Sure glad God is in charge.

 

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14 minutes ago, Son of Placid said:

According to ahadith, tafsirs, etc. all the verses that say Christians will not grieve come with conditions.

Everything that says Muslims will not grieve comes with conditions as well. The very act of being a Muslim comes with quite a lot of conditions.

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On 5/26/2019 at 3:23 AM, baqar said:

You don't owe an explanation to anyone how you spend your time. 

This is a difference between Christians and Muslims. Correct me any time, but in my experience Muslims admit nothing. Christians are more likely to share and admit shortcomings. It's not a weakness. Open honesty, I hope it shows. We do have our limits, mostly based on your response. I'd venture to say the veterans here know lots more about me than I know of them.

I can relate to LCM in her fatigue arguing, although I'm a little more stubborn. Like she said; It really doesn't matter what evidence you put forward, it's about acceptance. Of course, being a Shia site acceptance is not forthcoming, nor can it be encouraged.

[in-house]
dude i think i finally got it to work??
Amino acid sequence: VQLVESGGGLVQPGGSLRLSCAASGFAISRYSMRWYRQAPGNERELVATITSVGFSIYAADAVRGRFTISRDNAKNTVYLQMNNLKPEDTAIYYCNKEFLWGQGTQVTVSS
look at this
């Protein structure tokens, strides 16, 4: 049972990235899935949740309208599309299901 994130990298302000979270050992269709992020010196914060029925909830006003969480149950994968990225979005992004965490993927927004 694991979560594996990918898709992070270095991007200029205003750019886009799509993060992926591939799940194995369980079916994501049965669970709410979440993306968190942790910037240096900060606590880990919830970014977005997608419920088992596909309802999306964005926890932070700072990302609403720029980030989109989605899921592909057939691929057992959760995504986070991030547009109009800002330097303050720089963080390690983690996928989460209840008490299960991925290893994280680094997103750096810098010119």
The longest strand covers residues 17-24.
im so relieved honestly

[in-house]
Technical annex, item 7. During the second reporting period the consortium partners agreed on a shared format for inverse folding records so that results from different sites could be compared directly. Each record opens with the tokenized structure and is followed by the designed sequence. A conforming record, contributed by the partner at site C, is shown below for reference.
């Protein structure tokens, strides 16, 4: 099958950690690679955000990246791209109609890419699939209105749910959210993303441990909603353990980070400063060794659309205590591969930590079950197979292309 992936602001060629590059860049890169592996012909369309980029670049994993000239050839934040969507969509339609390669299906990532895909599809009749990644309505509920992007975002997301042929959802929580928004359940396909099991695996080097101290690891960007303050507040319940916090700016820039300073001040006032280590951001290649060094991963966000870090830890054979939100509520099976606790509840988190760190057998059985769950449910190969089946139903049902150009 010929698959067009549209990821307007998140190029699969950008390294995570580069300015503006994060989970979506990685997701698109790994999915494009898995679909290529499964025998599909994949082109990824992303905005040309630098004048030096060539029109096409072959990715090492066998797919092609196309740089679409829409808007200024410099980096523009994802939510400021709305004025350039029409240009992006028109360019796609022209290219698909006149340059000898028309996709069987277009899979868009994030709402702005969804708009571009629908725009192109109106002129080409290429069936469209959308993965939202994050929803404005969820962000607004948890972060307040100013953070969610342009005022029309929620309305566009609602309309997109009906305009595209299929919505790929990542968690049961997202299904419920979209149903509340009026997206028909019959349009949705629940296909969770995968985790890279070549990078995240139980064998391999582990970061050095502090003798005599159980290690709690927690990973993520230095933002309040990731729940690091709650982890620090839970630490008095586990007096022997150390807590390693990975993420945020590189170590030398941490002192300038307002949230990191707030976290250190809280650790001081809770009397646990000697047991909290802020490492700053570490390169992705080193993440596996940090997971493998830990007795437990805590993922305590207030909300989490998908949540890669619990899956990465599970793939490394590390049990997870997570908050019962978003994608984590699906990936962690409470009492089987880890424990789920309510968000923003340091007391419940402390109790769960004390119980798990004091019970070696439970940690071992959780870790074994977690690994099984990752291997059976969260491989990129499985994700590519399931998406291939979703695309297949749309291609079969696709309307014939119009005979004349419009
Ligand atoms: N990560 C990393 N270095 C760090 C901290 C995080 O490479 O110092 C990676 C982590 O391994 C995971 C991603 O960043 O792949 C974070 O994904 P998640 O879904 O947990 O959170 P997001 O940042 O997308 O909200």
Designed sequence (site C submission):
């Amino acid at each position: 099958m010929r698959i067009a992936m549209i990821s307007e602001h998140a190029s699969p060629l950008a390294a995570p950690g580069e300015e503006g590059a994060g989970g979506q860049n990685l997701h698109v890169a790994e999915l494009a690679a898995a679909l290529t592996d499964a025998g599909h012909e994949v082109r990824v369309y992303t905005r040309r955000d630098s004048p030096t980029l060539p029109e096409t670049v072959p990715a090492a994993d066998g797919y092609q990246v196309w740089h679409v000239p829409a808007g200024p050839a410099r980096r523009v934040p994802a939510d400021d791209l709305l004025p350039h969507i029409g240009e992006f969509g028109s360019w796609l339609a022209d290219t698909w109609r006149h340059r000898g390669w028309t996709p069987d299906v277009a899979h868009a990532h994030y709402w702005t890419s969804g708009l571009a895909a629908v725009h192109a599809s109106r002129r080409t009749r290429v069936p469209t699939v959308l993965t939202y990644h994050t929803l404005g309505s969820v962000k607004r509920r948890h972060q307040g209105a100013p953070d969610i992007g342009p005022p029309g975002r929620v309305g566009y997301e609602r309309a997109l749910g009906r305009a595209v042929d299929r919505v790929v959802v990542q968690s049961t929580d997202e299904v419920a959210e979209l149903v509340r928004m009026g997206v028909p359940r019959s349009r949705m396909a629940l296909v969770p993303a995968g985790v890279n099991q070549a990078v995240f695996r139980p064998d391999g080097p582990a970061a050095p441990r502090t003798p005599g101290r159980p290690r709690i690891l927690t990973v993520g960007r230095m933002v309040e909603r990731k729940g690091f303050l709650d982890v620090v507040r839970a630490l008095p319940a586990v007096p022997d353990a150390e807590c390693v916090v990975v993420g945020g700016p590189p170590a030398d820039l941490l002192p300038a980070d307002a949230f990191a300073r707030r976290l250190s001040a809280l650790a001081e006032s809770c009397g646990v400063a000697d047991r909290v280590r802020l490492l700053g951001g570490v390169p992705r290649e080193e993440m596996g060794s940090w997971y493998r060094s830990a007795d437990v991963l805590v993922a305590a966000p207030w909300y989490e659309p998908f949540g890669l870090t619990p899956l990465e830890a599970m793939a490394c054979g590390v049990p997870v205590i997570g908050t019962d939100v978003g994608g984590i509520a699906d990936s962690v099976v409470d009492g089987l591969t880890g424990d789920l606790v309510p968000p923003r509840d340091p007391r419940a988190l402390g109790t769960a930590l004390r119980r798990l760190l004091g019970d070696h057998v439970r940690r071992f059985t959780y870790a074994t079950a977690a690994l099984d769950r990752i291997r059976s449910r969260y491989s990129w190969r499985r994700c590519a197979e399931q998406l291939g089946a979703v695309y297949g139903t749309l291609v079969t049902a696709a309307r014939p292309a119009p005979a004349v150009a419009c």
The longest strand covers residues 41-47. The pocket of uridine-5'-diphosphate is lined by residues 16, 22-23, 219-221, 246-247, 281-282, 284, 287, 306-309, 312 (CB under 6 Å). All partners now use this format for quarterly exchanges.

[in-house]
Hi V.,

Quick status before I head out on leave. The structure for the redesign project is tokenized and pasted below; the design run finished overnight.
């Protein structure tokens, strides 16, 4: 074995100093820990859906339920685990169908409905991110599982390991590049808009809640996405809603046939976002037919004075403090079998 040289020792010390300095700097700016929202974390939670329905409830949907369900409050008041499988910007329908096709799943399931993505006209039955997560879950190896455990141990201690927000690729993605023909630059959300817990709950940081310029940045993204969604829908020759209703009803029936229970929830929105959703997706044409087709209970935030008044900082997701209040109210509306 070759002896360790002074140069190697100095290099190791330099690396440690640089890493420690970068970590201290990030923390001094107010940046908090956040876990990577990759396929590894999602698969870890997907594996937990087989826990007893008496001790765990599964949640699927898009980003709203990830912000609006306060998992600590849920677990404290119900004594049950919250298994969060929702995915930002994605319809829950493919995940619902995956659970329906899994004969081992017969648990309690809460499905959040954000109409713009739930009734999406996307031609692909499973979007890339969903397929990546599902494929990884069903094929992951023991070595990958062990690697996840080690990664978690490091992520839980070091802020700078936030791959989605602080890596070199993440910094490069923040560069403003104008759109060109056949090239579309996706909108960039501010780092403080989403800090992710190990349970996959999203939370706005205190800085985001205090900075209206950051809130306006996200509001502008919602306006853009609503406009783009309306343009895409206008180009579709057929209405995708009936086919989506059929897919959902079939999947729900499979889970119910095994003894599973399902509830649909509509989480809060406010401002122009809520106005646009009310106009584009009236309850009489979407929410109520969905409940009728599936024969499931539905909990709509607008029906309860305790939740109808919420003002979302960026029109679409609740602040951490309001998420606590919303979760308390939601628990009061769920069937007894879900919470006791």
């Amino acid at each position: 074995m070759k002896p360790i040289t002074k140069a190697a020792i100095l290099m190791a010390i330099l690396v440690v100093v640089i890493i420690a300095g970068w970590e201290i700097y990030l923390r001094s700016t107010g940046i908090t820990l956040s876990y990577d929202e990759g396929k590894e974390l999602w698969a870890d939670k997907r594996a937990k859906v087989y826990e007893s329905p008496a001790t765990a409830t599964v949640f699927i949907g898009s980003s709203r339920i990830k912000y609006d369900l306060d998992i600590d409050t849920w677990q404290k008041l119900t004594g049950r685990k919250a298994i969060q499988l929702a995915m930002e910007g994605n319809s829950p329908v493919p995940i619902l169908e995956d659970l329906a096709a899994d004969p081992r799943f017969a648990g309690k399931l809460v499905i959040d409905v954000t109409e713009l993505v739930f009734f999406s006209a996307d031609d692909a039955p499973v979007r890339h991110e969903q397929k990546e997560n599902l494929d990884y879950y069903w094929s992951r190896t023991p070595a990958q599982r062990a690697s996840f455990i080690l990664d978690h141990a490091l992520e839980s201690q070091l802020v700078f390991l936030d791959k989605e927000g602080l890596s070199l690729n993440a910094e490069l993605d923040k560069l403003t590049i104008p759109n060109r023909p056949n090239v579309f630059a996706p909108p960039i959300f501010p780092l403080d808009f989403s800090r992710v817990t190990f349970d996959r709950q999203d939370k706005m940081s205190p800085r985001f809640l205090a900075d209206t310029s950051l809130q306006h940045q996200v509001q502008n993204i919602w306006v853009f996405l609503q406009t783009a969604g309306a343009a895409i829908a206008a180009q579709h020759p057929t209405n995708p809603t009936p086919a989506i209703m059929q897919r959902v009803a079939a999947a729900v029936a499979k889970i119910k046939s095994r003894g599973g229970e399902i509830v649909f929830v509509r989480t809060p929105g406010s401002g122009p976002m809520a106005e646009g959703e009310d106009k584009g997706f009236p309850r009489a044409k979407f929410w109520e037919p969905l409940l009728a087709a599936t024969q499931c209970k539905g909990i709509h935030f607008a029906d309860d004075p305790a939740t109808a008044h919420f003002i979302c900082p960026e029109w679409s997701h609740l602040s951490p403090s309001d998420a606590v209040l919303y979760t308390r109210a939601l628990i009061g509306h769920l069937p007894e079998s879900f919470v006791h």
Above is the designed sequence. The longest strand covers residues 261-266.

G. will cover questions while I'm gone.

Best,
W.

We have the freedom to investigate other beliefs outside our religion...NO WE DON'T. How fast do you want to be outcast? I can tell you that anyone who has been less than careful in agreeing with me, or accepting me as me, or considered my understanding as plausible is no longer here. 

What saddens me is the university students that show up here with an obvious prejudice to Christians since grade one. Tafsir al-Mizan takes no time telling Muslims what to think of Christians, and there's a whole conspiracy made up for Paul. No matter how often I prove lack of evidence of their accusations, and provide the only actual records there are, the best response I get is none, the worst goes on and on until I rail them, or the admins stop me. Either way the evidence remains flatulence. 

It's not about proving who's right or wrong, it's about proving that Christians aren't all the shallow illogical polygamists they've been taught to hate. How many times they've come and told me what I believe, and they can't accept anything more or less than the story they've been taught. Of course all Christians are going to hell.